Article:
How To Make Money As An Independent CFI
Season 1 Episode 1
In this episode we’ll discuss different way to make money as an independent cfi. This includes flying for flight schools, flying for flight clubs, teaching pilots in their aircraft, ground schooling in person, ground schooling virtually, and simulator training.
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Can A CFI Work Independently?
Absolutely! CFI’s who work independently have multiple ways of making income. This includes flight instructing at flight schools as an independent contractor, teaching ground school in person, teaching ground school virtually, instructing at flying clubs, and instructing in other peoples aircraft (aircraft owners). In this article we’ll learn how to make money as an independent CFI
Flight Instructing For Flight School
Teaching students at an established flight school is a great way to make income as a freelance flight instructor. Often times the school will hire CFI’s as independent instructors. This is also known as a 1099 contractor. Under this arrangement the school can’t legally dictate your schedule or have an employee relationship with you. This opens the door for you to instruct at other flight schools, clubs, or with other people. To be respectful ask the school if this is ok first.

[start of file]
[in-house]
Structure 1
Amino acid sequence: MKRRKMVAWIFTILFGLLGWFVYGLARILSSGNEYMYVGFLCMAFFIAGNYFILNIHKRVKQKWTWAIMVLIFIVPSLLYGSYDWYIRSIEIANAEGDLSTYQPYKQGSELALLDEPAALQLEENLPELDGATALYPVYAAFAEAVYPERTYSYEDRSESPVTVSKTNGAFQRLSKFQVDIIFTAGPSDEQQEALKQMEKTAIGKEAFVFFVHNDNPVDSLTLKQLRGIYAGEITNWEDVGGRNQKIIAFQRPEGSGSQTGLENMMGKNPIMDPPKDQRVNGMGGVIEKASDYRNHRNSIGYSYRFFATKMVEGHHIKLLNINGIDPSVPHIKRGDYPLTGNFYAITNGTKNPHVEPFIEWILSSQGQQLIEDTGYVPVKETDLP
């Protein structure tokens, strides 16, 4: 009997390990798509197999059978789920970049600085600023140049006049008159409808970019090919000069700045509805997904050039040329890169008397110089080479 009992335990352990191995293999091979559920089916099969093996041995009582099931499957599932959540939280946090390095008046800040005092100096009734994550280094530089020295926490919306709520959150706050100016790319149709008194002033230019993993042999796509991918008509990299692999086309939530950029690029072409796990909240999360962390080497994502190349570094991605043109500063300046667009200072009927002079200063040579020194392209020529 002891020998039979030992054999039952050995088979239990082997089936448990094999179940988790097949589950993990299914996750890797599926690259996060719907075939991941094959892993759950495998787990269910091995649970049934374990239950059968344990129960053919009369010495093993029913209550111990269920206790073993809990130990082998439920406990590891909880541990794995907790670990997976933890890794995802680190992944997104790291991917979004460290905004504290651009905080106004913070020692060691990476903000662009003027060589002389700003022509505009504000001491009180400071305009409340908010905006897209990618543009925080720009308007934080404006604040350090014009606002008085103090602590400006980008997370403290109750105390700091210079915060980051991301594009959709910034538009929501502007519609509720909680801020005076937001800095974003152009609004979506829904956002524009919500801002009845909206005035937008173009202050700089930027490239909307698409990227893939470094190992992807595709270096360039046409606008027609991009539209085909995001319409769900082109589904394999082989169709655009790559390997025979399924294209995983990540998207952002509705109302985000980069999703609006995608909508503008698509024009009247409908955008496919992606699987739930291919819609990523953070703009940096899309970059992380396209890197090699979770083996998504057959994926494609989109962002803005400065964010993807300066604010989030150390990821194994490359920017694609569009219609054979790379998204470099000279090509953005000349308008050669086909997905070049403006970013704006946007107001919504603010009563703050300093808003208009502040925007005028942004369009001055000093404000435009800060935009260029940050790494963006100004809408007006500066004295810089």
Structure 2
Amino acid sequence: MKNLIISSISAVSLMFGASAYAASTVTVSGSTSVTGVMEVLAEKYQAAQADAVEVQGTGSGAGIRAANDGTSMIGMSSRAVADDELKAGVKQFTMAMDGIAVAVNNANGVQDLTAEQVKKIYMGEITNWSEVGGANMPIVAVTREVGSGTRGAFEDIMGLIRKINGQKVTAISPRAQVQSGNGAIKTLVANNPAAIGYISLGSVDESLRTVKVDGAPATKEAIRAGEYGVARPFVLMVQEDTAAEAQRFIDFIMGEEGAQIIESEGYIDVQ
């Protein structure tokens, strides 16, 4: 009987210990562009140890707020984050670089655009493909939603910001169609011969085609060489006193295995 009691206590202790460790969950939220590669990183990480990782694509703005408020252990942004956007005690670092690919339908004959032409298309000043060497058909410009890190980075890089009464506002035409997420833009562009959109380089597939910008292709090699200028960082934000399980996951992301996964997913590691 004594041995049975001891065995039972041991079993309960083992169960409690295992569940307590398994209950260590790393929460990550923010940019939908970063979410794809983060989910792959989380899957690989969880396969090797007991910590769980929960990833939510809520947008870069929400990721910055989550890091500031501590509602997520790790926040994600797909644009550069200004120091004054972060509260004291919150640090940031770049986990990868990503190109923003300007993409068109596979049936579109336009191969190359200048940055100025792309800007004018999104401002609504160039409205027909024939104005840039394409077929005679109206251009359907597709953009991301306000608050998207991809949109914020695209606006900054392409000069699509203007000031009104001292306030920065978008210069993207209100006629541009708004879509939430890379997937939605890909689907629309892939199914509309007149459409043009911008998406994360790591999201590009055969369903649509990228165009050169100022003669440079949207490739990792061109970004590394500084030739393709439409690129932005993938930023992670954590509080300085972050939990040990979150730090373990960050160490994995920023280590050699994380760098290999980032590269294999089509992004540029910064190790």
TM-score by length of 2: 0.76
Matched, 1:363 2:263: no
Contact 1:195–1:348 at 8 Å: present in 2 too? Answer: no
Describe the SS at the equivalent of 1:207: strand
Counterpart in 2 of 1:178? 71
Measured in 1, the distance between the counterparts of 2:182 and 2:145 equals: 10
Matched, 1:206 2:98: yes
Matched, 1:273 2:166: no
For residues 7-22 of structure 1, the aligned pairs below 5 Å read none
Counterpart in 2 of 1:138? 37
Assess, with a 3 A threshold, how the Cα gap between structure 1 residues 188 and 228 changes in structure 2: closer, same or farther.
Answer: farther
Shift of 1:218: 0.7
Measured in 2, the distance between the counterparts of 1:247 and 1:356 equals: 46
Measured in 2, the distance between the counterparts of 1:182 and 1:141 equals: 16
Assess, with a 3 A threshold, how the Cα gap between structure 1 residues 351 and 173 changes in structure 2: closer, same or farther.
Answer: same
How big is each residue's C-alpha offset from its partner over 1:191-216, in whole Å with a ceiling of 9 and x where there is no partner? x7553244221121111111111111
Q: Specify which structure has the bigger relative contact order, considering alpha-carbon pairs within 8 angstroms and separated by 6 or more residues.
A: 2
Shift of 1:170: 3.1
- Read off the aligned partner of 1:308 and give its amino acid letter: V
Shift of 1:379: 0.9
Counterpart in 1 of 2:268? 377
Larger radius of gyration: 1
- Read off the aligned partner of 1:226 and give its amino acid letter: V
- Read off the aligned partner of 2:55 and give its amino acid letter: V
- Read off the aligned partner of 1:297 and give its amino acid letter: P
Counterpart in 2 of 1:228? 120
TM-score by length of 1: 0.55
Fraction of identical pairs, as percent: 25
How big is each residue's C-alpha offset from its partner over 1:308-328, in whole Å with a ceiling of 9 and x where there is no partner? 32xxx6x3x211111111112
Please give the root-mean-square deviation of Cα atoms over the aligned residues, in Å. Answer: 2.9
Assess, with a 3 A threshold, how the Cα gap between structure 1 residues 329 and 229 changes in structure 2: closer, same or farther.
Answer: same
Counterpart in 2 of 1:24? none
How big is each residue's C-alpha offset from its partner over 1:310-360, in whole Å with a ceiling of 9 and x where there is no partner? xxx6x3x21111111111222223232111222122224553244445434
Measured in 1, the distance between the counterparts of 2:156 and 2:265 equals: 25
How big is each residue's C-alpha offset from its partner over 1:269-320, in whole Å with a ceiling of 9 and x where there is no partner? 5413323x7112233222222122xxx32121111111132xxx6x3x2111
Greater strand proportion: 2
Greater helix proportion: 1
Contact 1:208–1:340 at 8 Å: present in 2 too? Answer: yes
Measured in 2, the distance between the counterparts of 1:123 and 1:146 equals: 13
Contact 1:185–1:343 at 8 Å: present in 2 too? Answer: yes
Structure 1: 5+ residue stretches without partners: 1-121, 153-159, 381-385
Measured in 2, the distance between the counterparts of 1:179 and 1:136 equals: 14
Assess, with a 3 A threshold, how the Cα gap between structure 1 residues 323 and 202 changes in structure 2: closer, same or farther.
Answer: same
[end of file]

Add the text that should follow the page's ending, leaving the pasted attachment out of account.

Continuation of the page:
Pros And Cons Instructing At A Flight School
Being a freelance flight instructor at a flight school is a great revenue stream and should be approached professionally. First interaction with the flight school could be:
“Hello this is (insert your name). I’m an independent flight instructor looking to partner with a flight school to provide flight training. Would this be something you’d be interested in?”
Things to work out with the flight school include:
– Can you be paid as a 1099 contractor and will the school insure you
– Are you able to instruct on the side or with other entities
Flight Instructor People Skills
Learning how to make money as an independent CFI requires people skills. You can be the best instructor in the world, but if you’re not able to work with people, you’re going to struggle. Do not take this lightly. Instructing is all about helping people accomplish their flight training goal. This isn’t covered we’ll in CFI training. Sure you can perform a maneuver while describing it from the right seat…That’s not people skills.
People skills start with “hello” and end with “we’ll see you at the next lesson” and everything in-between. Let’s talk about good people skills during a typical lesson:
1. Introduction: First, greet the customer with a handshake and introduce yourself (It may sound stupid, but we’ve seen instructors struggle with this). Have a go to intro script. Example: “Hey (insert students name), my name is Michael. Nice to meet you! I’m a flight instructor with (insert company name), and I look forward to helping with your flight training goals”
2. Listen to their needs, process it, and let them know your looking forward to helping them accomplish their goal: It’s important that you listen to the customers needs. If they’re getting a license to fly recreationally it will alter training a bit vs a person training to become an airline pilot.